Trey Anastasio Band favorite “First Tube” provided an intense if predictable start to set two. Even Trey’s Jedi magic at the end of the song seemed a little too rehearsed. “Waves” lifted the tide, however, with a buoyant nod to the nearby saline behemoth. The first jam of set two remained calm at first. Cool blues washed over the band as they stretched out momentarily before returning to song, but the real magic came after they played the end of the tune and settled into a slow building ambient jam.

Trey ultimately led the transition into “Ruby Waves”, another nod to the proximal tide. The band continued probing into the improvisational waters and found a footing several minutes into the jam before finishing strong with added ambiance from CK5 and a tease of “Dave’s Energy Guide” from Trey.

Phish – “Ruby Waves” [Pro-Shot] – 2/24/23

After the first break in the music in quite a while, Phish slowly made its way into “Shade” off the band’s most recent studio album (not including Sci-Fi Soldier‘s Get More Down), 2020’s Sigma Oasis. The slow and straightforward sentimental number completed the band’s journey from the opening song off its 1989 debut album to the present day, but Phish wasn’t done just yet.

The energy picked back up with a rollicking “Chalk Dust Torture” that featured some of the most creative improv of the night. The meandering jam ultimately gave way to crowd favorite “Bathtub Gin”, leaving “Chalk Dust Torture” unfinished. Like many Gins before it, last night’s rendition proved a reliable jam vehicle, stretching past the 15-minute mark.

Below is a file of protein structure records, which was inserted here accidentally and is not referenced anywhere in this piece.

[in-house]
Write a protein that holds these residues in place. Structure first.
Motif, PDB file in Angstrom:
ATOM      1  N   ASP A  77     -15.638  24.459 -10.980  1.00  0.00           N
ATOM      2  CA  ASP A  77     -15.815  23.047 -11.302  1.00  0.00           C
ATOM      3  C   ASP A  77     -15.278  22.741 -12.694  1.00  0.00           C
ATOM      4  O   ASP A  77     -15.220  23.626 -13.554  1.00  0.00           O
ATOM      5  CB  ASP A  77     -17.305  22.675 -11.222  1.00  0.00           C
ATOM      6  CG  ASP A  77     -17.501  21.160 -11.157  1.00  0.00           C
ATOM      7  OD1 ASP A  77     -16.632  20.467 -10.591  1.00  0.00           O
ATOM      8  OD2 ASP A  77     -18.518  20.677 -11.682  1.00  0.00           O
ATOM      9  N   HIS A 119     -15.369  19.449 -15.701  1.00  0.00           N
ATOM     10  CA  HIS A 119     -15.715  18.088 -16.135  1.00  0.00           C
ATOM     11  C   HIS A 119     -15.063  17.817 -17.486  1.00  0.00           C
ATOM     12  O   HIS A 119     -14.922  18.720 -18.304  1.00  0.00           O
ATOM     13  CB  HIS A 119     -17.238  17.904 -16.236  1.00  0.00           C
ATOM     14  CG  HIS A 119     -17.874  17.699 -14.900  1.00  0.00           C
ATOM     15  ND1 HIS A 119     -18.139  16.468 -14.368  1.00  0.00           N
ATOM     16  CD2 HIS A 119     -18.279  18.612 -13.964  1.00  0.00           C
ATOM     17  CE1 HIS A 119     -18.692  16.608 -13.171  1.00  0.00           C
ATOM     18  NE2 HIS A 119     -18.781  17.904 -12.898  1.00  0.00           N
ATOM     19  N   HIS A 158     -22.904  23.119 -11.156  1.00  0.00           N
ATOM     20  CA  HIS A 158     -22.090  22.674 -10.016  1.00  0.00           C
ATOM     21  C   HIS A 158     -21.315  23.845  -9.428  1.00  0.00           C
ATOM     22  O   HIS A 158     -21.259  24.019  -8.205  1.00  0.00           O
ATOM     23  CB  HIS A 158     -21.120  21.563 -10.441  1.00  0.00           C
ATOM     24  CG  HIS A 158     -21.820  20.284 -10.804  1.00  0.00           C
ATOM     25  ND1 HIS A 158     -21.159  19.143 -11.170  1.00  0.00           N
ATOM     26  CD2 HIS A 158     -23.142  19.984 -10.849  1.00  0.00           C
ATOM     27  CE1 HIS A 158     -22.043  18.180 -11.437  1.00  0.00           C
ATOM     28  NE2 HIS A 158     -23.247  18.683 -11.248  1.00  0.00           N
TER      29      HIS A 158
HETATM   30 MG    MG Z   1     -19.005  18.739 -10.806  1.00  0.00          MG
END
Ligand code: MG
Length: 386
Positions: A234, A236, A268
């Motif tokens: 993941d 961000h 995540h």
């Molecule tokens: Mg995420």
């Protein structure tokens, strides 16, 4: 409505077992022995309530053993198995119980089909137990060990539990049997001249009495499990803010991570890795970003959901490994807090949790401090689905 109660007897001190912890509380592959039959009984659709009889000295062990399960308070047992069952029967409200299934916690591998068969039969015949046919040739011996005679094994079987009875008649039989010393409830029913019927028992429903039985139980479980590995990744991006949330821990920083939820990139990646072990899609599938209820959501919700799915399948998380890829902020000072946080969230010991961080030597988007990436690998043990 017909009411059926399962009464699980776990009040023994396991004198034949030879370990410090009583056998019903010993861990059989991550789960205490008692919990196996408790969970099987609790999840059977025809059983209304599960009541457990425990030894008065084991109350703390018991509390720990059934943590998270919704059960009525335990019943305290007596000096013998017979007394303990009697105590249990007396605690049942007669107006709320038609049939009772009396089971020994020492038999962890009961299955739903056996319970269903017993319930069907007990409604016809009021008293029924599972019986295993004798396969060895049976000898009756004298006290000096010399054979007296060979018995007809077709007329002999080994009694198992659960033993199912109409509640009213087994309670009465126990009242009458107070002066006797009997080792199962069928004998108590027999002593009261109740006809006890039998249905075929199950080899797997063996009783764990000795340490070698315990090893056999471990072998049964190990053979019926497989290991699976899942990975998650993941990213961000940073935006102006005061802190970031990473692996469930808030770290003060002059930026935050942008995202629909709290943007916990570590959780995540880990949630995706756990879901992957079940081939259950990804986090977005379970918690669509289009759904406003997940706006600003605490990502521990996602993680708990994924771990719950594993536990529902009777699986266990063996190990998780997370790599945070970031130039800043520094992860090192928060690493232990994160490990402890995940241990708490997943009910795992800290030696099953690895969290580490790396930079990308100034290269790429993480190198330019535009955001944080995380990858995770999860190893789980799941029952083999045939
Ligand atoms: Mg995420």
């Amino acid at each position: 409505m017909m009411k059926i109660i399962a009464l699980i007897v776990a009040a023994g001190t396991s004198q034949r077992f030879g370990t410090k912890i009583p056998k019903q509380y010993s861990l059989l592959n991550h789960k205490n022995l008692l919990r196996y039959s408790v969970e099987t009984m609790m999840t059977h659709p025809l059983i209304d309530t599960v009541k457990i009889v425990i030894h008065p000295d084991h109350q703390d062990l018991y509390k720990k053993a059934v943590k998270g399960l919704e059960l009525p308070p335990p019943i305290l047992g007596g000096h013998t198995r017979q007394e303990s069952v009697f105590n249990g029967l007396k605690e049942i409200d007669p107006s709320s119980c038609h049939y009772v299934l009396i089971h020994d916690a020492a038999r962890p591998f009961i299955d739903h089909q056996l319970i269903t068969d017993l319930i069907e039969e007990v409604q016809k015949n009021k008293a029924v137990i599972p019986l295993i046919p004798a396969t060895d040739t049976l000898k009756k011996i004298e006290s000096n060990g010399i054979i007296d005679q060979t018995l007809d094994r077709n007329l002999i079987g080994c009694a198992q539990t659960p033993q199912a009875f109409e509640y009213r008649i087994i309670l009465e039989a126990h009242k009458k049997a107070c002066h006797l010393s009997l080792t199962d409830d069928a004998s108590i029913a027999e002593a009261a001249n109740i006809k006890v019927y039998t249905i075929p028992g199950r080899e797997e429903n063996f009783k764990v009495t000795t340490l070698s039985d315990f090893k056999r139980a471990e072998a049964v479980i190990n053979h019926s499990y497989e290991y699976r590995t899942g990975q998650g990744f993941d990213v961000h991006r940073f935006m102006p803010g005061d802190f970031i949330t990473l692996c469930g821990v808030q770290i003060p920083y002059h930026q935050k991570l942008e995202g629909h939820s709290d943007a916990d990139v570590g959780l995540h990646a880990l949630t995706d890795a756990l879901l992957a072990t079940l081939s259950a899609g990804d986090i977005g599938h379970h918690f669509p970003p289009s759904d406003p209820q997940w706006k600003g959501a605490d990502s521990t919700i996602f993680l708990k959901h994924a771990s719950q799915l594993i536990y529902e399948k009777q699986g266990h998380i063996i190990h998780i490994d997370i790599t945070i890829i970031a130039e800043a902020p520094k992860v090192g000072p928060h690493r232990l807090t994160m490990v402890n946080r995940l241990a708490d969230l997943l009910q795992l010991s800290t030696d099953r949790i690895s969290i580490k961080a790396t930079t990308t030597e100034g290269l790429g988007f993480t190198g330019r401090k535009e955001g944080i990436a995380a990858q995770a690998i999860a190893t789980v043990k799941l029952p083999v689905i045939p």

The crowd seemed satiated at the end of the exploratory second set, and after a brief encore break, “Golgi Apparatus”, another song off the band’s first album, kicked off a two-song encore that continued with a straightforward singalong of “Character Zero” to cap off the night.

Click below to view a collection of fan-shot videos from the second night of Phish’s four-night stay in Mexico, and tune in via LivePhish tonight to catch night three.

Phish – “A Wave Of Hope” – 2/24/23

[Video: Trove Mens Provisions Rescue Squad]

Phish – “Axilla (Part II)” – 2/24/23

[Video: Chad Sclove]

Phish – “Split Open And Melt” [Jam] – 2/24/23

[Video: Gregory Marcus]

Phish – “First Tube” – 2/24/23

[Video: Trove Mens Provisions Rescue Squad]

Phish – “Shade” – 2/24/23

[Video: Trove Mens Provisions Rescue Squad]

Phish – “Golgi Apparatus”, “Character Zero” – 2/24/23

[Video: Chad Sclove]

Click to view more fan-shot videos.

Setlist: Phish | Moon Palace The Grand | Cancún, Mexico | 2/24/23

Set 1: Dinner and a Movie, Loving Cup (Rolling Stones), A Wave of Hope (Trey Anastasio), Stash, Heavy Things, 555 > Axilla (Part II) > Joy, Split Open and Melt

Set 2: First Tube, Waves > Ruby Waves (Trey Anastasio), Shade, Chalk Dust Torture > Bathtub Gin

Encore: Golgi Apparatus > Character Zero

Dinner and Movie was performed for the first time since August 4, 2017 (177 shows). Trey teased Dave’s Energy Guide in Ruby Waves. Chalk Dust Torture was unfinished. Mike and Trey teased Sundown in Bathtub Gin.